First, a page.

At one point, they decided to check out the opposite side of the hill— the snowy side. They said that it’d only be a few steps and we’d be up in the air. But after our tumble, I was not feeling as confident to posthole into thick, slushy snow and topple down the sharp drop-off.
My mind started wondering how we’d get off this mountain, and all I wanted to do was not hike back down the slush that we had come up from.
At last, they decided that the wind was better and ready for us to takeoff. My pilot asked me if I was ready, and I said, “NO!” since I was feeling a lot less confident than before. Then again, 1, 2, 3, GO! I took two steps, and WOOSH, we were in the air, flying!
Flying in the Alps
I was surprised at how long the ride lasted, and how calm the ride was after our tumultuous start. My pilot guided us through the clouds and we went up and down. I could hear when we were going up or down because there was a beeping device near my shoulder to tell him our altitude- Beep, beep, beep… boop, boop, boop.
We watched Brighton land near the waterfall across the valley while we took our time in the air. At one point, I had regretted not putting on the gloves he had given me because my fingers eventually froze with the wind. The GoPro died about halfway through as well since it had been drained waiting for our takeoff for so long.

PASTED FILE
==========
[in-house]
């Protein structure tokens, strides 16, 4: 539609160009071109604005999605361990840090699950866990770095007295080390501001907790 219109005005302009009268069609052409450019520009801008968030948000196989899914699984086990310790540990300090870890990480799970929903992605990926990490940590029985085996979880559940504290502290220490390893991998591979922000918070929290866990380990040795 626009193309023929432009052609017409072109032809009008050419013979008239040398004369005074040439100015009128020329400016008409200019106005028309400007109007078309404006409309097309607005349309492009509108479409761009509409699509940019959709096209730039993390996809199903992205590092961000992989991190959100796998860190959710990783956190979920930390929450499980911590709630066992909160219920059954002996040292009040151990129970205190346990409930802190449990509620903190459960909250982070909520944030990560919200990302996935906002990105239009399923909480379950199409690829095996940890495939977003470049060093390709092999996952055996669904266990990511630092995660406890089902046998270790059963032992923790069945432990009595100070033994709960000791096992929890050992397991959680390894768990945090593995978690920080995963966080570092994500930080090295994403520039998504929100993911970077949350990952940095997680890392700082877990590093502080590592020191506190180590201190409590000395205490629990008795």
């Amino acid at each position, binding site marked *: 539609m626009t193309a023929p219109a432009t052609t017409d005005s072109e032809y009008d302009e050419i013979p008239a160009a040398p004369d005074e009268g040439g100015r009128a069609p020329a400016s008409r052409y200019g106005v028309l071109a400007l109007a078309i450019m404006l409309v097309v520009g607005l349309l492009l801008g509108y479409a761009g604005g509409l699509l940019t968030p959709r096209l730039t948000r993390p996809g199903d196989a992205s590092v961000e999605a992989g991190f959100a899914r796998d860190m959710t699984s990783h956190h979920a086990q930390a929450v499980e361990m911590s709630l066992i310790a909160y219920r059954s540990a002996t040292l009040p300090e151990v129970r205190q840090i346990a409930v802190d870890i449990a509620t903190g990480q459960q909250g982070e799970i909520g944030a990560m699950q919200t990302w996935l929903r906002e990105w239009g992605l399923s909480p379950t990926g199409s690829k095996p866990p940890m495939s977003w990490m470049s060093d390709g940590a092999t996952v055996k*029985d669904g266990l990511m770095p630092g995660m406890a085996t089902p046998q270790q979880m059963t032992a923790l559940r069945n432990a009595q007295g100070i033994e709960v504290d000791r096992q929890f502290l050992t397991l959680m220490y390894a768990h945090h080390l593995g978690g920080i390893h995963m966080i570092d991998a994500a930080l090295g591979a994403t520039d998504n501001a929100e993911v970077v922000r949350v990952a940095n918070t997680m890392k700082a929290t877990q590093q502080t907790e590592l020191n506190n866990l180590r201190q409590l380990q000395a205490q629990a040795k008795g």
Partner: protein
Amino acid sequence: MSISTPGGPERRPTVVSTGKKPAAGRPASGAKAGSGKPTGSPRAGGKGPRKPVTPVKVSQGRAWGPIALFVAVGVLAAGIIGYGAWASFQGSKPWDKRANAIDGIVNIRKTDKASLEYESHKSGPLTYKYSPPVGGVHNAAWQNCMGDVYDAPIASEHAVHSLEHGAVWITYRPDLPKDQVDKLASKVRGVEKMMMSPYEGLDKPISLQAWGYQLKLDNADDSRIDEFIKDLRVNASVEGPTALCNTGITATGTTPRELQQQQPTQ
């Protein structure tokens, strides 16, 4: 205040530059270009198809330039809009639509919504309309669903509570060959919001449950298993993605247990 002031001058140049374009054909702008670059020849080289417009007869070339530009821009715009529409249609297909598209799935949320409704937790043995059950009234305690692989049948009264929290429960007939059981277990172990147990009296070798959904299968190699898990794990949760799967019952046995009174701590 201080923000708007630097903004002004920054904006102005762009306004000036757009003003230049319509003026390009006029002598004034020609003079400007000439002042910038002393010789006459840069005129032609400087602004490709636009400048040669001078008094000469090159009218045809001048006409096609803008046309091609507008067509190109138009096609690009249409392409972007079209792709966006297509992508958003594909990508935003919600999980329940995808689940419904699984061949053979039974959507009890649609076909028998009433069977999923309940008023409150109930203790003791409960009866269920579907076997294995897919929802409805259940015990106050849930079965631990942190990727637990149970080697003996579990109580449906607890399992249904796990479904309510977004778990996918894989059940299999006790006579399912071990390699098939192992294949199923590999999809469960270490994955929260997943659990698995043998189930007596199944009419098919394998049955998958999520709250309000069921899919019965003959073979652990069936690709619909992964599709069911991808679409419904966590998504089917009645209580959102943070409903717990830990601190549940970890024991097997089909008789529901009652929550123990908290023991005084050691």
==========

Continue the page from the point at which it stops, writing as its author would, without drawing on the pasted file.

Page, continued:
After enjoying our ride, we neared landing but not before he asked me if I liked “thrill” and I hesitantly said yes, not sure what to expect next. All of the sudden, he pulled to one side, we circled up into the sky and then started free falling down. It was a lot of fun!
When it was time to land, I looked like a flailing squirrel, but I landed safely and plopped down. Oops!
We parted ways, and our pilots told Martina (in German) that they felt so bad for the rocky start and it had not happened in 30 years. They felt guilty that they had rushed it. We were fine, and had fun. Everything was great when it was all said and done.
Lunch and a Wanderweg to Engstligenfälle
Martina brought us lunch from the bakery, Haueter, in town. We enjoyed the sunny day at a picnic table while we recovered and told her the story of our flight.
Once we had recovered, we followed one of the many trails (wanderwegs) from town towards the large waterfall at the end of the valley— the Engstligenfälle. The waterfall comes from a large plateau that sits above Adelboden, the Engstligenalp.
As we walked the rain that had threatened finally started coming down, as we were mid-way to the waterfall. We ended up stopping our hike a little early so we could catch the bus back into town and enjoy some hot cocoa.
We’ll be back in the summertime to enjoy the waterfall in all her glory.
Dinner at the Chalet
We were dropped off by the bus and walked back towards her family’s chalet. We stopped at Haueter, Martina’s favorite bakery in town, to enjoy some hot chocolate and snacks. It was the best hot cocoa I’ve ever had. They melt real Swiss chocolate into the drink with some Swiss dairy milk… YUM!
Afterwards, we walked back to the chalet and enjoyed a relaxing afternoon with the most incredible view.